Liza Lou is a little girl who lives in a dangerous swamp, but she faces threats with courage and manages to outwit all the monsters.
At first I wondered why Liza's apparently loving mother kept sending her out to face these dangers alone. But if one ignores the supernatural element suddenly the story becomes quite realistic. Liza and her mother live in a dangerous environment and appear to possess few resources. Their clothes are patched and they are happy when they get enough to eat. Put that way, it sounds like a situation that is all too common. Of course, most children face weirdos rather than witches, but is that any better?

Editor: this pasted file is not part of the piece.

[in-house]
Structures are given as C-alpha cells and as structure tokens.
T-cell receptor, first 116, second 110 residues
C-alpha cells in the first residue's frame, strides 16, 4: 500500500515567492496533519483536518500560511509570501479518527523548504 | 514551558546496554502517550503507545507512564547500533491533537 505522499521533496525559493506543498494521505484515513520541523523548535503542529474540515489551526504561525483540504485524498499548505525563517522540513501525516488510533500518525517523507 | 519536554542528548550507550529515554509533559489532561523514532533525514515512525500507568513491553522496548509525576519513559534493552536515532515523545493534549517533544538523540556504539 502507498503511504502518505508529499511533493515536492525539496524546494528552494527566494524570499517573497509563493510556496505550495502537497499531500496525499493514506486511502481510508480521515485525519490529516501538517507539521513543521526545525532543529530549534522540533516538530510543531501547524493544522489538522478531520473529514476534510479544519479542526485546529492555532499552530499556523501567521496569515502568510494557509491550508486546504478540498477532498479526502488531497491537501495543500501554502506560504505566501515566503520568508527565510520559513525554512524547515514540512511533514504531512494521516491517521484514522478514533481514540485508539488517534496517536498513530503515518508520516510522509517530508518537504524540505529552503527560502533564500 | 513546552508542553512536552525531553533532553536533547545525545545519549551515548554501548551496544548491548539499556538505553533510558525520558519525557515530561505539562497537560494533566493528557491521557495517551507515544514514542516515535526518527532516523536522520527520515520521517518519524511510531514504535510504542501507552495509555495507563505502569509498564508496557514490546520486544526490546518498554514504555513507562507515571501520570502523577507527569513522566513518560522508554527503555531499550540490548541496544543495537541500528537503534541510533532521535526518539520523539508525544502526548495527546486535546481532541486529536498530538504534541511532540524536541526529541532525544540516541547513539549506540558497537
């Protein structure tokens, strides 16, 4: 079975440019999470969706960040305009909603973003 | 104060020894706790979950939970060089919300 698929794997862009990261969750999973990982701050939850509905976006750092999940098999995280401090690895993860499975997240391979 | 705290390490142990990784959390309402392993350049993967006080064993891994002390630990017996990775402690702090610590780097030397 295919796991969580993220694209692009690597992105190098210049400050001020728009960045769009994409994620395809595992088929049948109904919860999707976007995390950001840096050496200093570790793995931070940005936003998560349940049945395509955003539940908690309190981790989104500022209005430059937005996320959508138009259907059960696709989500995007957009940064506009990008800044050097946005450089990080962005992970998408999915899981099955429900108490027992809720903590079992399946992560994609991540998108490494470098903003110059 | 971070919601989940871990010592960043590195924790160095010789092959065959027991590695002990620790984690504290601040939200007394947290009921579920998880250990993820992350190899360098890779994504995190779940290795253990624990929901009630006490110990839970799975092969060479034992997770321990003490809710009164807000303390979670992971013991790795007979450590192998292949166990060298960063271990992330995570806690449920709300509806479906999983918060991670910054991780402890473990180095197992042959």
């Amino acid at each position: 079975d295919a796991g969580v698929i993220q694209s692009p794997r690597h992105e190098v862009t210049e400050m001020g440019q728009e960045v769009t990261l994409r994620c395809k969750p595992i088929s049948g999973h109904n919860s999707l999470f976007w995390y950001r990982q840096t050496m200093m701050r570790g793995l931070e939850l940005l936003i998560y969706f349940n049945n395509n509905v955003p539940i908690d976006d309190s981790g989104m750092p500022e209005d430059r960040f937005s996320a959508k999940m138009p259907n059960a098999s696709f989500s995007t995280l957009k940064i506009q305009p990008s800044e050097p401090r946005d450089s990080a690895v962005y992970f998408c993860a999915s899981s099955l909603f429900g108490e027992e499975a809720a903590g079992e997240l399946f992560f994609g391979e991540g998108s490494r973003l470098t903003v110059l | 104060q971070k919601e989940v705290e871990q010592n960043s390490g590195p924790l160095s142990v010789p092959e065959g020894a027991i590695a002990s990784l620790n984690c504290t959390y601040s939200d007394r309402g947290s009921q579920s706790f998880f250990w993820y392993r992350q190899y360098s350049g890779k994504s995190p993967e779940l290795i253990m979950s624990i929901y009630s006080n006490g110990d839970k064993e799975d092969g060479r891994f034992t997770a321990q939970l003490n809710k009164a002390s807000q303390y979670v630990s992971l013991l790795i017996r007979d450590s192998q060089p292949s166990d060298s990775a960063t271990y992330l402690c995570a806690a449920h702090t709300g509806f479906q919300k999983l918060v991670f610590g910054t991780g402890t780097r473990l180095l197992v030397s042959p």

My elementary school was a couple of miles from our apartment. I got myself there on my own, usually taking public transportation in the morning and walking home in the afternoon to save the fare. Walking adds the danger of cars, but otherwise is about the same as the bus, which is likewise full of perverts, addicts, and crazy people (literally, people formerly in mental institutions who were let loose when the hospitals switched from in- to out-patient). My mother warned me as best should could and told me to be careful. In retrospect it was really quite unsafe, but what else could my parents have done? They could afford a car, or to take the bus with me, and they had to work and take care of my younger siblings. I'm sure, although they never said so at the time, that they were not happy about exposing me to these dangers and worried while I was out. But world-wide the majority of parents don't have the resources to protect their children from a dangerous world. All they can do is teach them well and hope they come though as well as Liza Lou.